A vacation from my vacation, that’s one way to look at my past weekend in Perquin, El Salvador. Through a travel group that Nelson’s aunt is a member of, we were given the opportunity to travel to the northwest region of the country that borders Honduras.
Nelson, Gavan and I awoke at 5:30 Saturday morning and made our way to meet our ride outside. Our neighbor, Chico, offered to take us to the bus in San Martin in his 1966 Toyota Special that will probably take its last breath in the near future. It was a fun ride to say the least.
Once on the tour bus, it was four hour drive to Perquin in which time I listened to a lot of music while staring out the window. I was reminded of how much I miss driving and the act of just going with good tunes blasting. It was nice to recapture a bit of that on this trip.
After my ass started to get all sorts of numb, we finally stopped at the hotel Perkin Lenca where we had lunch. When I got off the bus I marveled at the plant life and climate of the area. Perquin is over 1,000 meters (3,000 ft.) above sea level and is unlike anything I’ve seen in El Salvador yet. It almost felt like being in parts of Northern California as I was surrounded by pine trees and cool breezes. I couldn’t believe a place like this existed in tropical regional like Central America.
While eating lunch, Nelson’s aunt, Concepción (Tia Con for short), told me a terrifying and gut-wrenching story about the Civil War here. In 1989, she was sitting in her home in San Salvador when she felt a quick, sharp pain her back. A warmth spread across the area and Con reached her hand back to see if an insect or spider had bit her. When she brought her hand back to her eyes she saw that it was covered in blood.
An aircraft had been firing on the area and a 50mm bullet had pierced through the roof of her house and shot her in the lower back. This happend at 7:30 AM, an ambulance didn’t arrive until 11:30 AM, a telling sign of the limited resources and tumultuous time in the country’s history. In that time, she wrapped herself in a bedsheet to slow the bleeding and applied pressure to the wound.
Once she finally arrived at the hospital, she said the pain had become unbearable, but that the doctors needed to x-ray her first before proceeding with any treatment. According to medical staff, the obscenely large bullet had narrowly missed her spinal column. If it had hit her spine she would’ve had permanent nerve damage and been paralyzed from the waist down. Luckily, the medical staff treated her wound and she suffers no long-term physical damage from the injury.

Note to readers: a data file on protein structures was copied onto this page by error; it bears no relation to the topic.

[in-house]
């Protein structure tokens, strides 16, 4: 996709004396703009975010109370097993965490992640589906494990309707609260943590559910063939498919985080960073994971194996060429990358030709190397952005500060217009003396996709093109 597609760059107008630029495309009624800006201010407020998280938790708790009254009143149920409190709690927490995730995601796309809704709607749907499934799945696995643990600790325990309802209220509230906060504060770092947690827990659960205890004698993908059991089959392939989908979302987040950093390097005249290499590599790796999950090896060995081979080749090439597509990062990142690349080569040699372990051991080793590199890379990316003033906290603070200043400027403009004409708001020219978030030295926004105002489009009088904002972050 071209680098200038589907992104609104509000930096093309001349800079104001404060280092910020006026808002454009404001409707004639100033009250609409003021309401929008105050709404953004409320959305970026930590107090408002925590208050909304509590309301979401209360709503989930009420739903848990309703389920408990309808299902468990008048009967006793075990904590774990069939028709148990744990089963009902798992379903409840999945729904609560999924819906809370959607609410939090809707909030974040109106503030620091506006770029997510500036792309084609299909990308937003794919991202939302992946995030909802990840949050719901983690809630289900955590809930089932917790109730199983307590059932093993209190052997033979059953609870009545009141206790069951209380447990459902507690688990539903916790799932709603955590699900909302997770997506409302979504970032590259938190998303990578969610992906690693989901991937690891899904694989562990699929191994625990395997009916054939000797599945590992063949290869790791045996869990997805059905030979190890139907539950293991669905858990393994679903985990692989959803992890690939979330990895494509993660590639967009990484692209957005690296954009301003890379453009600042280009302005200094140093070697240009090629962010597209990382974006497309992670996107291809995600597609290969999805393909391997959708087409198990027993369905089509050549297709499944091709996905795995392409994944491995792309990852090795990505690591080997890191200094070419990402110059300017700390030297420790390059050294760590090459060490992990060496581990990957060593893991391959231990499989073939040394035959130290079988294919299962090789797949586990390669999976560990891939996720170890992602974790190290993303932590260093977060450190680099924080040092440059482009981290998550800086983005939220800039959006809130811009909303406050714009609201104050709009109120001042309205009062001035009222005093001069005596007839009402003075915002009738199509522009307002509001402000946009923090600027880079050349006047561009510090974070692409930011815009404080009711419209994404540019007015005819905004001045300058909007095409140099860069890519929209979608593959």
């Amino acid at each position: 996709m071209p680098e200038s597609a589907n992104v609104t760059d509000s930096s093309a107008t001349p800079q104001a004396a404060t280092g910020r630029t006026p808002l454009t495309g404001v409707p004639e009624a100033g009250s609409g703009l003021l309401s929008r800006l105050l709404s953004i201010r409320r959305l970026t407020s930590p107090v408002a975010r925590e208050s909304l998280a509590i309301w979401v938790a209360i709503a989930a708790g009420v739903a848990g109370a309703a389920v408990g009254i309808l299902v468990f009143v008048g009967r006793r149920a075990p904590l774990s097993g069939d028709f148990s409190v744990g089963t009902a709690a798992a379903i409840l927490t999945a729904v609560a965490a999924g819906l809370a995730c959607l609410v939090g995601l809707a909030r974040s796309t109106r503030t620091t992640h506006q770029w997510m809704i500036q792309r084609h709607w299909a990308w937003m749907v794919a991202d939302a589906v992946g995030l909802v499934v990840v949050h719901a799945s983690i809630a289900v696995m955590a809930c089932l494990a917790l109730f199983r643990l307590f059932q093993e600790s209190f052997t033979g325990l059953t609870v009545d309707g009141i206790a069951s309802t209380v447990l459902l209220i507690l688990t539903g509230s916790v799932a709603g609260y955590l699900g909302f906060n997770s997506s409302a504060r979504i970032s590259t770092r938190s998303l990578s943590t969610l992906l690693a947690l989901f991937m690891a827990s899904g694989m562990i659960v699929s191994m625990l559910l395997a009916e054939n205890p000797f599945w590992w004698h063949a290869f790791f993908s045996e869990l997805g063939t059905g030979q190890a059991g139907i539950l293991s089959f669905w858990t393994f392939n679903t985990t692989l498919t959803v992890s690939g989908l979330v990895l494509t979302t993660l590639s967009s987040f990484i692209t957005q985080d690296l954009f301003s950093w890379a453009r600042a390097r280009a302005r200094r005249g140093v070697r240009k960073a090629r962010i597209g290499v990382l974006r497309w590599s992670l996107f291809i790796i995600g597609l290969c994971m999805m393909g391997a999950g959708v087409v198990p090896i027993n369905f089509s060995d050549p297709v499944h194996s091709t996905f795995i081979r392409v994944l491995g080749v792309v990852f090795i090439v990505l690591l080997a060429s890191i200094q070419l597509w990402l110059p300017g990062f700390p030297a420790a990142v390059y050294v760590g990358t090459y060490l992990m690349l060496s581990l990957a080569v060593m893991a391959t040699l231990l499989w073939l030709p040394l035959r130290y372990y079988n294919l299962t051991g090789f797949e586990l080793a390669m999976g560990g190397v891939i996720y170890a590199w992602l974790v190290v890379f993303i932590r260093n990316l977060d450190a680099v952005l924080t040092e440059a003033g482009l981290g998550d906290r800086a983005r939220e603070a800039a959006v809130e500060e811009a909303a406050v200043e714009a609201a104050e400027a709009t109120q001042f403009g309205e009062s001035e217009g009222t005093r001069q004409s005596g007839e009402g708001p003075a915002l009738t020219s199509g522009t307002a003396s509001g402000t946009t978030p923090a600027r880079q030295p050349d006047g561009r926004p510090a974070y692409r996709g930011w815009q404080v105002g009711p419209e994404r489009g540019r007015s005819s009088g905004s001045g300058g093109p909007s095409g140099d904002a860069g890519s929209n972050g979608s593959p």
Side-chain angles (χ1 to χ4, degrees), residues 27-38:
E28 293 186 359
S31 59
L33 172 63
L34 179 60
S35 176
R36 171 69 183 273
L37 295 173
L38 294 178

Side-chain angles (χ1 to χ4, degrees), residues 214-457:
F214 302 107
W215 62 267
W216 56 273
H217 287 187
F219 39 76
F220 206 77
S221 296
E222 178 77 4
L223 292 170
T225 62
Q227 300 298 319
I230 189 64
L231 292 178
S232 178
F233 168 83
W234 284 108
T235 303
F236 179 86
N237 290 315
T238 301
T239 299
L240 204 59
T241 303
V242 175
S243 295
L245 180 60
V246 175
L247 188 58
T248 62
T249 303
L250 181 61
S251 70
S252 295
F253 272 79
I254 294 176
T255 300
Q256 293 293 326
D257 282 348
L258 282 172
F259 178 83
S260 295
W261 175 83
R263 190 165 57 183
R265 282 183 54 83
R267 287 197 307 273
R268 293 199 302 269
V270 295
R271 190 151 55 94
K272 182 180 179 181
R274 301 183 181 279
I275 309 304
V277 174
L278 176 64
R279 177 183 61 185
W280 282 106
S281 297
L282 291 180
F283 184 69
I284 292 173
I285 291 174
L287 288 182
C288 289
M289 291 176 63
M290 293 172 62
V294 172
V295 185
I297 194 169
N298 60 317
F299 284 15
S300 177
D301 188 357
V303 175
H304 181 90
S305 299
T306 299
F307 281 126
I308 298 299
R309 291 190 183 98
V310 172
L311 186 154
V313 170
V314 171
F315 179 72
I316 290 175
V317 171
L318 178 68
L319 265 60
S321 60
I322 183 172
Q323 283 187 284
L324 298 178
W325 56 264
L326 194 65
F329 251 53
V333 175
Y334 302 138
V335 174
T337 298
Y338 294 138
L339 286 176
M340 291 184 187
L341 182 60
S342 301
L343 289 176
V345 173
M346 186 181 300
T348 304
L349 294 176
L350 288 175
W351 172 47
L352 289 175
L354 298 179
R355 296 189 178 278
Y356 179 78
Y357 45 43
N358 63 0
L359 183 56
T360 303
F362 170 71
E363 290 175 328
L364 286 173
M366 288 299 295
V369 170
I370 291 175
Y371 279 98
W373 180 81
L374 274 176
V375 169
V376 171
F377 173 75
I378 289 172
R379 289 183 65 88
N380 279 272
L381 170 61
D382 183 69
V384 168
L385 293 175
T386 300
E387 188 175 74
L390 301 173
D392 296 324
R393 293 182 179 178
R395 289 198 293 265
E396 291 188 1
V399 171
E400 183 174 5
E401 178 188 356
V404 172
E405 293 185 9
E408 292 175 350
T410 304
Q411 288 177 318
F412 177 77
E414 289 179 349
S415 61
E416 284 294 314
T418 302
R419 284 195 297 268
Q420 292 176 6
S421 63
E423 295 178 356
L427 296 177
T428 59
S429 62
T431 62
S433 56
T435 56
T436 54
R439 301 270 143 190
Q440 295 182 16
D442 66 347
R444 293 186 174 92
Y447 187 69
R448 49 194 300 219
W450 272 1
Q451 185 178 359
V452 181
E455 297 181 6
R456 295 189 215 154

After a harrowing and perspective building lunch experience, the group travelled into Perquin to visit a museum chronicling the left-wing guerillas of the Civil War. It was in Perquin where the guerillas were stationed and operated a pirate radio station. There were several pieces of military equipment, left-wing propaganda and photos that helped me uncover a little bit more of El Salvador’s traumitizing and generation defining war.
At the museum, an ex-guerilla and veteran of the war showed us around. He obviously had left-leanings, but it was very interesting to hear his perspective, why he fought and its consequences.
Amongst the photos, posters and old weapons, there were a few pieces that stuck out to me. Placed outside the broadcasting room for the pirate radiostation was a photo of the FMLN guerillas who operated it. In the photo was a Mexican immigrant who helped the movement with the last name ‘Maravilla.’ I wonder if there is any family relation.
Another is that there were the large amounts of foreign (German, French) poster ads and propaganda demanding the U.S. cease it’s support of the right-wing militants. Today, the U.S. involvement in the war is still a sensitive subject and views of Reagan and his overall policies in this region are subject to high criticism. I can understand why. This wasn’t the U.S.’s war and it’s interference benefited American enterprise rather than the people and soliders who were actually sacrificing their lives.
After our mini museum tour we walked and wandered the small mountain town of Perquin itself. It reminded me more of the size and style of Cerrito in Mexico, but I could just be getting antsy about wanting to visit there again. Perquin is filled with many vibrant murals that depict farm life and the religious history of the town.
We hopped back onto the bus to head even higher in the mountains and to our final destination of Hotel Arizona in El Bailadero de Diablo. Hotel Arizona is planted in seemingly the middle of nowhere amongst the pines, tall grass and intricate rock formations. Gavan, Nelson and I were given a key to our cabana, a small room made to look like a log cabin that also had a hammock.
After settling in and getting acquainted with the hotel’s resident spider monkey, Pancho, we set out on some exploring of our own.
As we walked amongst the grass, smelled the pines and inhaled the crisp, clean air, we were consistently reiterating our disbelief that a place like this existed in El Salvador, a country the size of Rhode Island. It makes sense that the U.S., Mexico and other, larger countries have such climate and terrain variations, but I never expected that from El Salvador. This country surprises me almost every day.
Following our exploring, we hiked out to a scenic vista with the travel to enjoy the sunset. I found a particular rock the perch myself on and lie as the daily, simply beauty of a sunset unfolded before me.
While laying there I had this feeling in my stomach that I haven’t had for quite sometime. I was at peace with where I was and what I was doing. I wasn’t yearning for anyone or anything, but found satisfaction being purely in that the moment. The only thing floating in the back of the mind was the large list of all the projects I’m eager to get started and working towards. This feeling was one of almost profound contentment and of complete excitement.